In the wake of Asda’s seventh consecutive quarter of falling sales, the grocer’s boss, Andy Clarke, hit the proverbial nail on the head.

The supermarket giant has adopted a new approach to marketing, Clarke said in a short statement following its 5.7% sales decline, which aims to “show customers a new Asda face” – something it desperately needs to do if it is to transform its fortunes.

Those efforts to reconnect with its core shopper base, fronted by new chief customer officer Andy Murray, will aim to “showcase the values on which we have built the business over the years and reinforce our everyday low price value proposition”.

The first part of that phrase is crucial.

Asda’s central messaging may concern price but, as a retailer, it stands for so much more than that – or at least has done in the past.

But in the fierce battle against German discount duo Aldi and Lidl, Asda has allowed the noise surrounding price to drown out its other important values, resulting in the grocer slumping to its “nadir”.

In fact, communication surrounding its depth of range, customer service levels, largely convenient store locations and ever-improving in-store services and concessions – such as its pilot with Decathlon – has been virtually non-existent.

That’s why, while it may be Clarke sitting on the throne, it is Murray who could well hold the keys to the kingdom.

As Retail Remedy’s Phil Dorrell put it: “Asda does offer a lot more than price; it just it hasn’t shouted about it in the media or in store.

“With sound store positions and a broad offer – if unexciting and too low-end – Asda has the ability to bounce back. But a blinkered price strategy won’t be the answer.”

Store revamps

However, it is no use marketing the life out of stores that are succeeding when it comes to price but lagging behind its rivals on execution.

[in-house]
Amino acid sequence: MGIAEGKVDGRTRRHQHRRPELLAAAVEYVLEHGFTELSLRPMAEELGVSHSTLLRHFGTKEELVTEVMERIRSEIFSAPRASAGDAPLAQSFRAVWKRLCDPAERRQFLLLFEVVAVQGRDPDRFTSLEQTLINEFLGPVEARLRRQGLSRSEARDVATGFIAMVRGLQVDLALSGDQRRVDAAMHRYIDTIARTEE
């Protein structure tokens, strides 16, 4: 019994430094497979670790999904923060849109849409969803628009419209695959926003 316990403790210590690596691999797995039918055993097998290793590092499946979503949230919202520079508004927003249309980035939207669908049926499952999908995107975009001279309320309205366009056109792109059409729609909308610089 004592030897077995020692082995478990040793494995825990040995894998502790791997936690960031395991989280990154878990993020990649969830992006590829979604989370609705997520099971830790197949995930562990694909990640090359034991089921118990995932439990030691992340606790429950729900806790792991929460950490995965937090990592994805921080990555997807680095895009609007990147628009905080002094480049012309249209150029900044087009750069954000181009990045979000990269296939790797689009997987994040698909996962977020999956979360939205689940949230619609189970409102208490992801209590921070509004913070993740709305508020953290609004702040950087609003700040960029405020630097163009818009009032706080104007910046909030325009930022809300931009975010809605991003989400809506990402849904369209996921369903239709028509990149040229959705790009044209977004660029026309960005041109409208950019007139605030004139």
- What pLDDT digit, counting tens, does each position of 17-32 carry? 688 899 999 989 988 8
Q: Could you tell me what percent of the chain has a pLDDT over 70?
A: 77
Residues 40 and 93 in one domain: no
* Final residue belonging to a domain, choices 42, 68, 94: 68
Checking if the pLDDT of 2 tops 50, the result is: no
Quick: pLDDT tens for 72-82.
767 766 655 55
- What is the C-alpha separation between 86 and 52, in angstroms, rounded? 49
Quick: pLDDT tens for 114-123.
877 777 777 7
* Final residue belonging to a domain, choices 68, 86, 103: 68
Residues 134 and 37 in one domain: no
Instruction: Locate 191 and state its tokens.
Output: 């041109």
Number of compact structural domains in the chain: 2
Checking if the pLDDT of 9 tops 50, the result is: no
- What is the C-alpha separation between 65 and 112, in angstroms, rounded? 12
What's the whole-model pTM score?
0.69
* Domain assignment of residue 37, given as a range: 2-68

The Asda stores I have visited recently have been in serious need of some TLC to bring them into line with 21st-century shopping habits, which demand convenience, differentiation and value.

Contrary to those primary desires, Asda’s fresh offer was lingering at the back of the store, the food-to-go proposition had been tucked away virtually un-signposted in a corner, availability on certain fruit, vegetable and ambient ranges was average at best and the space given to its impressive George clothing and homeware lines was minimal in comparison to the non-food push rivals Tesco and Sainsbury’s have demonstrated in their supermarkets.

That is where the other aspect of Asda’s 18-month Project Renewal transformation strategy comes into play, with Clarke insisting that a “comprehensive programme to re-lay and update our stores to improve the customer experience, reduce complexity and streamline ranges” is now under way.

Improving the layout of stores, investing further in price and availability and driving customer service is a fine art to perfect, but it is far from rocket science.

Clarke and his team have the knowledge, expertise and deep pockets of Walmart required to successfully refurb the 95 larger stores they are initially focusing on during the course of its ‘Renewal’ plan. 

But throughout that crucial period for the embattled grocer, the onus will be on Murray to shout louder about those changes and do enough to convince shoppers to give Asda a second chance.